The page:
Twelve Ravens Thoughts on “Bullies of Baltimore” documentary

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With ESPN releasing its 30 for 30 documentary on the 2000 Ravens — titled the “Bullies of Baltimore” — on Sunday night, I’ve offered a dozen thoughts, each in 50 words or less:

1. The Super Bowl XXXV run meant something different for every generation, but the common thread was the feeling that the Ravens — and the city itself — weren’t supposed to be there. That’s why the team’s brash personality was such a perfect fit. It truly felt like Baltimore against the world. 

2. Though the timing of Tony Siragusa’s passing was heartbreaking, the film turned into such a gift to his family and tribute to an unforgettable character who resonated with fans. For me, it also represented our own loved ones with whom we enjoyed that amazing season and we have since lost.

3. Punt, punt, punt, punt, punt, punt, interception, punt, interception. Halftime. Interception, punt, interception, punt, punt, punt. End of game. Ray Lewis rattling off the outcome of the Giants’ offensive possessions in the Super Bowl was a great touch. Nine of those drives were three-and-outs. 

4. I’ll always maintain the Ravens-Titans rivalry was “Ravens-Steelers” before Ravens-Steelers, which is why it was such a bummer that divisional realignment split up the old AFC Central foes in 2002. The hatred was legitimate, and their divisional round clash was the real Super Bowl that year. 

5. With that in mind, there are no better bragging rights than winning despite your biggest rival stealing your playbook. Former Titans defensive coordinator Gregg Williams — who led an excellent Tennessee unit that season — admitting the theft years later was just wild.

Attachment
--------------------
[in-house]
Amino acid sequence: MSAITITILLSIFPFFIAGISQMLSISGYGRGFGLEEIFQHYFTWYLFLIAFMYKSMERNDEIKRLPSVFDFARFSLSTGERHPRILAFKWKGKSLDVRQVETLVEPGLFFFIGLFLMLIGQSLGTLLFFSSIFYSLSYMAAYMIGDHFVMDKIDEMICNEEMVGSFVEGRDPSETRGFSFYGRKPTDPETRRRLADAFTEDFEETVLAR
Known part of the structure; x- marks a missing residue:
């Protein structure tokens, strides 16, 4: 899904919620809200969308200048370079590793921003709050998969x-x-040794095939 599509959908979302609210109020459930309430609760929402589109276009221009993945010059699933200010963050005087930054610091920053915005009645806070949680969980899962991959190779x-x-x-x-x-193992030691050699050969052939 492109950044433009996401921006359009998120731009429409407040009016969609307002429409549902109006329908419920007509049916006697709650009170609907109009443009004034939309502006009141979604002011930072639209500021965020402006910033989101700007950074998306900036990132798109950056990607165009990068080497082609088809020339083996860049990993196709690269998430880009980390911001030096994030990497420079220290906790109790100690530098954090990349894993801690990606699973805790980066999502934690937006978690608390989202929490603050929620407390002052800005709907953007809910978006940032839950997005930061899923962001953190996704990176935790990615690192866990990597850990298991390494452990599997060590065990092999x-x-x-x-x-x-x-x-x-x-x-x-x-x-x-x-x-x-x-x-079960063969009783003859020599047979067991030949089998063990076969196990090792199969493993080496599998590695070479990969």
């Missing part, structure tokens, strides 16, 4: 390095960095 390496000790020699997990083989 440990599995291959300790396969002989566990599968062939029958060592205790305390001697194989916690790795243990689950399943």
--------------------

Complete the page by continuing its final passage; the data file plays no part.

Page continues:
6. Over 22 years later, I still don’t know how the Ravens won a Super Bowl in a season in which they went five straight games without scoring a single touchdown. How that locker room didn’t crumble is a major credit to the veteran leaders and the coaching staff. 

7. Social media would have had an absolute field day with that and Brian Billick, whose personality was so refreshing compared to this persistent era of “saying nothing” brought on largely by Bill Belichick and New England. It’s entertainment after all.

8. Trent Dilfer talking about the need to “know who you are as a player” summed up his role perfectly. The Ravens weren’t wrong in recognizing the need to upgrade at quarterback the following season — regardless of how it played out — but Dilfer was the right quarterback for that 2000 team.

9. You’re always hoping for new stories and nuggets of information watching a documentary about a very familiar subject, but learning Siragusa was “backed up” in the Week 7 loss at Washington probably wasn’t what anyone had in mind. Hilarious stuff. 

10. My one criticism of the documentary was lacking mention of the significance of the Week 2 win over Jacksonville, who owned an 8-0 record against the Ravens prior to that 39-36 thriller. That game may not have fit the overall theme of dominant defense, but its importance cannot be overlooked

11. The filmmakers were kind to Titans kicker Al Del Greco for glossing over how bad he was in each of the two meetings in Nashville that year. He had a fine 17-year career, but there’s a reason why Tennessee released him that offseason. 

12. Between Sunday’s special and Friday’s 10th anniversary of Super Bowl XLVII, the weekend highlighted 2000 through 2012 being the Ravens’ golden age with nine postseason berths, 14 playoff wins, four AFC title game appearances, and two Super Bowl championships. Not bad for a city that wasn’t supposed to be there.  

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